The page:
March 7, 1999 |
The last senior leader of the Khmer Rouge guerrilla army was arrested Saturday and flown to Phnom Penh, where authorities said he will be tried for his alleged role in a regime that killed more than 1 million people. Soldiers captured Ta Mok, known as "the Butcher" for his ruthlessness, near the northern border with Thailand, senior Cambodian generals said.
February 19, 1999 |
Yes, of course, Saroeun Kim said, the Khmer Rouge leaders should be brought to trial. Among the more than 1 million Cambodians they killed were his mother and father, his brothers, most of his aunts, uncles and cousins. "I don't want revenge, but I can never forgive or forget," said Kim, 29, who tends bar in Phnom Penh, the capital, and studies computer science. "I remember the day two men came to get my mother, and I remember seeing her body in a pile of corpses.
August 8, 1998 |
In a low-rent office full of computers and file cabinets, a group of young volunteers is doing the job no one in this nation wanted to touch--cataloging a genocide. It is a high-risk undertaking, conducted in partnership with Yale University Law School, because there are people in Cambodia, including some senior members of government, who have a lot to lose if they are linked to the Khmer Rouge's mass killings of 1975-79.
April 11, 1998 |
The United States wants China to help arrange a war crimes trial for Pol Pot, who led Cambodia's Khmer Rouge guerrilla group when it killed perhaps a million people, a senior U.S. diplomat said Friday. Undersecretary of State Thomas R. Pickering said Chinese officials "listened with interest" but did not immediately respond to the request raised in meetings since his arrival Thursday in Beijing.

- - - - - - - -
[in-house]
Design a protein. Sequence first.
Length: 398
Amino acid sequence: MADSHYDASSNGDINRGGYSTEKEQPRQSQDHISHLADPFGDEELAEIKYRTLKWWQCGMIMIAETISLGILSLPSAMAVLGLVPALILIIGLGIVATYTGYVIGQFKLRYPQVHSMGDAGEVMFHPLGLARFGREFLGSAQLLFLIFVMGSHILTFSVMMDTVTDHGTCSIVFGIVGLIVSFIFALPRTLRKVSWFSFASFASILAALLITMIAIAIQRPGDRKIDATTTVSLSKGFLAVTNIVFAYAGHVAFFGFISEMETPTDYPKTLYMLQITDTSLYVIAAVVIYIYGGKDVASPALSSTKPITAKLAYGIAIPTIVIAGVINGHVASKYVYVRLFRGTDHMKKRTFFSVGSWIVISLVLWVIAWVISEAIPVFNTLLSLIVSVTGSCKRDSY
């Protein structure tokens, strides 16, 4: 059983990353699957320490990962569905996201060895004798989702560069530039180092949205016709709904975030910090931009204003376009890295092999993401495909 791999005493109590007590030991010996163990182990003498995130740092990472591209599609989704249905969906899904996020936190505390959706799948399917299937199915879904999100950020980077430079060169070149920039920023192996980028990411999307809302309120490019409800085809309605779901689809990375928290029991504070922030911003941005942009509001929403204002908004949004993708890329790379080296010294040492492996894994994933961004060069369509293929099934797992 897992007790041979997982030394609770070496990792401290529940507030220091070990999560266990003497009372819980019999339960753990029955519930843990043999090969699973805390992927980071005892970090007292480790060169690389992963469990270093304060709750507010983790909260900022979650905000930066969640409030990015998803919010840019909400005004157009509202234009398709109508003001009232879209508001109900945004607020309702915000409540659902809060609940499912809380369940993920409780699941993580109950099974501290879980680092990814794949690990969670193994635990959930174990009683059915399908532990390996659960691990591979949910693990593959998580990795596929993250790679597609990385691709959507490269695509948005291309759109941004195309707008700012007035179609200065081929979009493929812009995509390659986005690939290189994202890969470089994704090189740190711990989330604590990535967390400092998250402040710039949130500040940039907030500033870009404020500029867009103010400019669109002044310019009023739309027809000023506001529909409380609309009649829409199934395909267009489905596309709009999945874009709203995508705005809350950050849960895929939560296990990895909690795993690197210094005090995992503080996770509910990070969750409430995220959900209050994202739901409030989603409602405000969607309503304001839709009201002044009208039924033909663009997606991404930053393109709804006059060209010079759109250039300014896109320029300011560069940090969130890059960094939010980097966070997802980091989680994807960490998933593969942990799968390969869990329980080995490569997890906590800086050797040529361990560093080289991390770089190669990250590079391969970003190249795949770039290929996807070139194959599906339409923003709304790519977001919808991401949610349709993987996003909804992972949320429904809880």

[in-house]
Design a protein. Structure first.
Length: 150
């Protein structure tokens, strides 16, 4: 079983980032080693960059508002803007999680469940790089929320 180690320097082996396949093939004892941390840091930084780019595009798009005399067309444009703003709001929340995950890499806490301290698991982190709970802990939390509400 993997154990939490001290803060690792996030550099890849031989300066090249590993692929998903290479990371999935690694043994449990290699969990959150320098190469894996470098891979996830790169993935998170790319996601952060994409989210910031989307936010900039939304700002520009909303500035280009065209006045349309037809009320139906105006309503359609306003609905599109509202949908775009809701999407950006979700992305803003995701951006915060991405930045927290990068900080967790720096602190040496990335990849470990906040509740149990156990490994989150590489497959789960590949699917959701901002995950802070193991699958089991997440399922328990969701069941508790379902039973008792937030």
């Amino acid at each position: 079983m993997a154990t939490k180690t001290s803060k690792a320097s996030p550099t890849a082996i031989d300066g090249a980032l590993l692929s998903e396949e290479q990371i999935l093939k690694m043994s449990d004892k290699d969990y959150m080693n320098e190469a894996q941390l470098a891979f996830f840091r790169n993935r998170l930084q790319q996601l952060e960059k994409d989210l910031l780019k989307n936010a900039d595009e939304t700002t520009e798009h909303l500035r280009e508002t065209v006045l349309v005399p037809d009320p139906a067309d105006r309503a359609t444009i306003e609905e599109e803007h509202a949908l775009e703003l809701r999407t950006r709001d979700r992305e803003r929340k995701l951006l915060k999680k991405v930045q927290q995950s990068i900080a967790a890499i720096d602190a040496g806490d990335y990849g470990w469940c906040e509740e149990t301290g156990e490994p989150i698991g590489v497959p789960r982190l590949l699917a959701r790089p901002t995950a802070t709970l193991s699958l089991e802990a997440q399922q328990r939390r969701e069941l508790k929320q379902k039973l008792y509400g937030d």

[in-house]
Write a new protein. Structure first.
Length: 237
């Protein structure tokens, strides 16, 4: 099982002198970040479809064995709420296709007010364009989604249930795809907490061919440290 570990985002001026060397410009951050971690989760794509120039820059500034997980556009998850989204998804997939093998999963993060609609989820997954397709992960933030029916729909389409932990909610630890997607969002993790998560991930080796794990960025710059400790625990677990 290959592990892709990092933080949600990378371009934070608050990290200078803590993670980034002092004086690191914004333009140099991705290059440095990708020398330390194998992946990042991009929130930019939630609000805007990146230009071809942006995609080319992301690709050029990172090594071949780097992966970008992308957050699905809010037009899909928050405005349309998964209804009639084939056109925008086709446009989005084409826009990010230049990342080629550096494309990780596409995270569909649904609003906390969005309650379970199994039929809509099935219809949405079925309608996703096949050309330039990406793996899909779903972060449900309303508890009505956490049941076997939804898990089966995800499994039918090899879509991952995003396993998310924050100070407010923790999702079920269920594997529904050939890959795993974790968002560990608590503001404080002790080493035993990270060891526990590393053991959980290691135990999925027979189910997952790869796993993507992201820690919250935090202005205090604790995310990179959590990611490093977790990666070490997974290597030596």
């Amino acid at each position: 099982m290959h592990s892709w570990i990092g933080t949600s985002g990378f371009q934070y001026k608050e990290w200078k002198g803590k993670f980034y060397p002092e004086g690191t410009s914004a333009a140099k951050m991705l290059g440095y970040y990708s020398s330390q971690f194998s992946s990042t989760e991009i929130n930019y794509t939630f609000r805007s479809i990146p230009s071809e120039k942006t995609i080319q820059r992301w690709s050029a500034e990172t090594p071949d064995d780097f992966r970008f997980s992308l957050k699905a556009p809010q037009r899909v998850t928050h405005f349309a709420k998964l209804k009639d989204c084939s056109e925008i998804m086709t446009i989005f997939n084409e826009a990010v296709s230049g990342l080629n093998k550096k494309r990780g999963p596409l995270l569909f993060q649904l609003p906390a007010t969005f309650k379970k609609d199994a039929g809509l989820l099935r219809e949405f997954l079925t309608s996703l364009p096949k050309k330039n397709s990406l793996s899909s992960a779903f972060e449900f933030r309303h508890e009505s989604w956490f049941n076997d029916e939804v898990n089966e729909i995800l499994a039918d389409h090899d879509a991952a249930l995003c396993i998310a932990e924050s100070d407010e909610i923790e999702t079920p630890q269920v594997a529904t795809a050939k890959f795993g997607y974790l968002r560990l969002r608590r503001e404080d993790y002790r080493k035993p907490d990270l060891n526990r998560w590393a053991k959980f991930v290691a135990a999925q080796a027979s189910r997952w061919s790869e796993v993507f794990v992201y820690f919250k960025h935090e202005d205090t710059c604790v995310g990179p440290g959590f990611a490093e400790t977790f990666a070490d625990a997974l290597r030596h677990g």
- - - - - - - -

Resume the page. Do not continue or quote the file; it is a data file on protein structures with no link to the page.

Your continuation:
December 21, 1997 |
"This," said Pen Phalla, standing in a schoolyard where the grass was neatly clipped and songbirds darted among tall palms, "is where they killed the intelligentsia. You know--teachers, doctors, the educated, people like that. "Sometimes they beat them to death with shovels and hoes to save bullets. Or cut their throats. It just depended." She stepped into a classroom that had been partitioned into cells. "That's blood on the floor," she said. "The bed's original.
October 23, 1997 |
Pol Pot, the Khmer Rouge leader who presided over Cambodia's "killing fields" in the late 1970s, is dying--without acknowledging remorse or responsibility for his reign of terror. His own former followers, holding him under guard in a jungle camp in Anlong Veng, Cambodia, forced him to talk to American reporter Nate Thayer last Thursday.